Simple Machines Study Guide



1.  Force:  any push or pull


2.  Gravity:  the attraction or pulling force between objects and the Earth.


3.  Friction:  the force that slows down or stops objects in motion


4.  Simple machine:  a machine with few or no moving parts.  There are six:  lever, screw, wheel and axle, pulley, inclined plane, and wedge.


5.  Compound machine:  a machine made of two or more simple machines.  Examples

      Include a can opener, a bulldozer, an elevator, etc.


6.  Fulcrum:  the point where a lever rocks back and forth


7.  Screw:  an inclined plane wrapped around a post; it’s used to hold things together.


8.  Wedge:  two inclined planes together; it is wide at one end and pointed at the other.  It is used to split or cut things apart.


9.  Energy:  the ability to do work


10.  Work:  occurs when a force moves an object over a distance; examples, running,

       Kicking a ball, moving furniture, the wind pushing a sailboat, etc.  No work is being done sitting still watching TV, pushing against something that won’t move, etc.


11.  Recycling:  making trash into something new instead of throwing it away:  items that can be recycled include glass bottles, some plastics, aluminum, newspapers, etc.


12.  Natural resources:  things found in nature that people can use:  trees, water,

        Metals, good soil, stone for building, etc.



1.  The amount of force needed to move an object depends on the object’s mass. Heavier things require more force to move them than lighter things do.  Dragging or pulling a heavy object takes less force than lifting it.


2.  Rough surfaces cause more friction than smooth ones.  Rough surfaces can be smoothed out by adding water, oil, or soap to the surface.


3.  Friction is needed to do most activities safely.  For example, tires with heavy or deep tread stop more easily on snow and slush than do smooth tires.  We couldn’t even walk without the aid of friction, or drive, or run.


4.  To decrease the amount of force needed to lift a load with a lever, move the fulcrum closer to the load.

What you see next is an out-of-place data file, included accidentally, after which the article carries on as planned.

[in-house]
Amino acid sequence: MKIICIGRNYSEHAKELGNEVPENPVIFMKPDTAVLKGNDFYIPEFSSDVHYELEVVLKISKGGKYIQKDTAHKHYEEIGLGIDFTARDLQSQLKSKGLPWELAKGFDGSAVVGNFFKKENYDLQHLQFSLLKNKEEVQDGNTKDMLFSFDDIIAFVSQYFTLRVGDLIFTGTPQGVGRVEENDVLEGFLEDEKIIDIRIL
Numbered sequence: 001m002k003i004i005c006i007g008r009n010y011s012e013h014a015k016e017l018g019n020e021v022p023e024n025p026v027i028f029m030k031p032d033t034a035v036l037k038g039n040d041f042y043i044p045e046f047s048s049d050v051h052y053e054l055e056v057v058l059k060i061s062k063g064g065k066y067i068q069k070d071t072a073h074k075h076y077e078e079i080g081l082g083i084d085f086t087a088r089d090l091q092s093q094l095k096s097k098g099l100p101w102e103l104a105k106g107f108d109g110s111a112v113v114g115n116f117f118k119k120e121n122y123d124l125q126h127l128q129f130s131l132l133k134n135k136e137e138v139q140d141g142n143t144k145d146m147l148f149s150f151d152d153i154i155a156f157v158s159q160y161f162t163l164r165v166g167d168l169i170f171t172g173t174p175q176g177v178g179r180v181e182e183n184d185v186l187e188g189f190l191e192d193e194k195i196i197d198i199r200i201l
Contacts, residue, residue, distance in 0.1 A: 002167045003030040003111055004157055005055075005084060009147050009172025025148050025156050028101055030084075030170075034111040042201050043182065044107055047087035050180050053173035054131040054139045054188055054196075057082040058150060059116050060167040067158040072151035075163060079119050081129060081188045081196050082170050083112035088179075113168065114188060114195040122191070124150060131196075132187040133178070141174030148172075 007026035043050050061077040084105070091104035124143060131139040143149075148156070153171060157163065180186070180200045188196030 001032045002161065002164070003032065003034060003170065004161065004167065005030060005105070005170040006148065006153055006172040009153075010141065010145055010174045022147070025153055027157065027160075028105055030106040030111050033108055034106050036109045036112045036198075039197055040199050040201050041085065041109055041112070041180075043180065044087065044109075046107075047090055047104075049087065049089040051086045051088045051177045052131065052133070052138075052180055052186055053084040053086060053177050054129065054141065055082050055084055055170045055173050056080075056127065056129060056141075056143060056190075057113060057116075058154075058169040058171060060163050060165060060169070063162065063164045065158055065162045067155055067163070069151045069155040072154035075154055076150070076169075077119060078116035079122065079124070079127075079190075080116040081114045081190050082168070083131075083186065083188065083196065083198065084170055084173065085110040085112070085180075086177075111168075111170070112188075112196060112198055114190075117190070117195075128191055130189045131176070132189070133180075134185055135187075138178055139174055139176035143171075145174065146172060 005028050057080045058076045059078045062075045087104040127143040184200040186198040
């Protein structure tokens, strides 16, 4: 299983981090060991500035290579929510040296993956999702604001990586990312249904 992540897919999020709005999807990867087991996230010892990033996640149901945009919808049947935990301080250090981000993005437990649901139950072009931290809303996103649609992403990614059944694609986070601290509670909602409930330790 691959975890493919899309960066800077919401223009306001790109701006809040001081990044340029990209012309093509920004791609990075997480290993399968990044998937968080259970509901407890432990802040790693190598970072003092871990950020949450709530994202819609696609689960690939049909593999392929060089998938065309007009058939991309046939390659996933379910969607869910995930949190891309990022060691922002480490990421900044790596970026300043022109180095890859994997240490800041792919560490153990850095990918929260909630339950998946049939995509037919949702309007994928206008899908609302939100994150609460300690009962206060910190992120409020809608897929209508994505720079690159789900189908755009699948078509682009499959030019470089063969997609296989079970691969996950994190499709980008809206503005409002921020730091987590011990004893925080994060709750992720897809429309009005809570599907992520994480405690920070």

5.  The longer the inclined plane is, the less steep it is.  The less steep it is, the less force is needed to move an object up it.  But the less steep it is, the longer the distance is to be traveled.


6.  Be able to tell which simple machines are in common household items.  For

      Example, a doorknob is a wheel and axle.  An ax is a wedge and a lever.


7.  There are many sources of energy.  Some are renewable and some are not.                Children need to know that renewable means that they can be produced again and again.  Nonrenewable means that once they are used up, they are gone forever.

Renewable energy sources:  wind, water, solar, wood, and geothermal.

Nonrenewable energy sources:  coal, oil, natural gas, and the elements used for nuclear energy.  Oil, coal, and natural gas are also called fossil fuels.

Wood is a renewable source, but can become nonrenewable if we burn more trees than we can grow.  Likewise with water.


8.  Nonrenewable sources of energy need to be conserved, or used wisely, or we will run out of them.  Ways of conserving energy are turning out lights when they’re not needed; turning down the thermostat at home; making fewer trips in the car to save gasoline; walking or riding a bike instead of riding in a car, etc.  Think of some more.


9.  Types of energy:  heat, light, chemical, sound, and motion, electrical, nuclear


10.  Many products are made from natural resources:  paper comes from trees, glass is

Made from sand, plastic comes from oil, soda cans are made from aluminum, etc.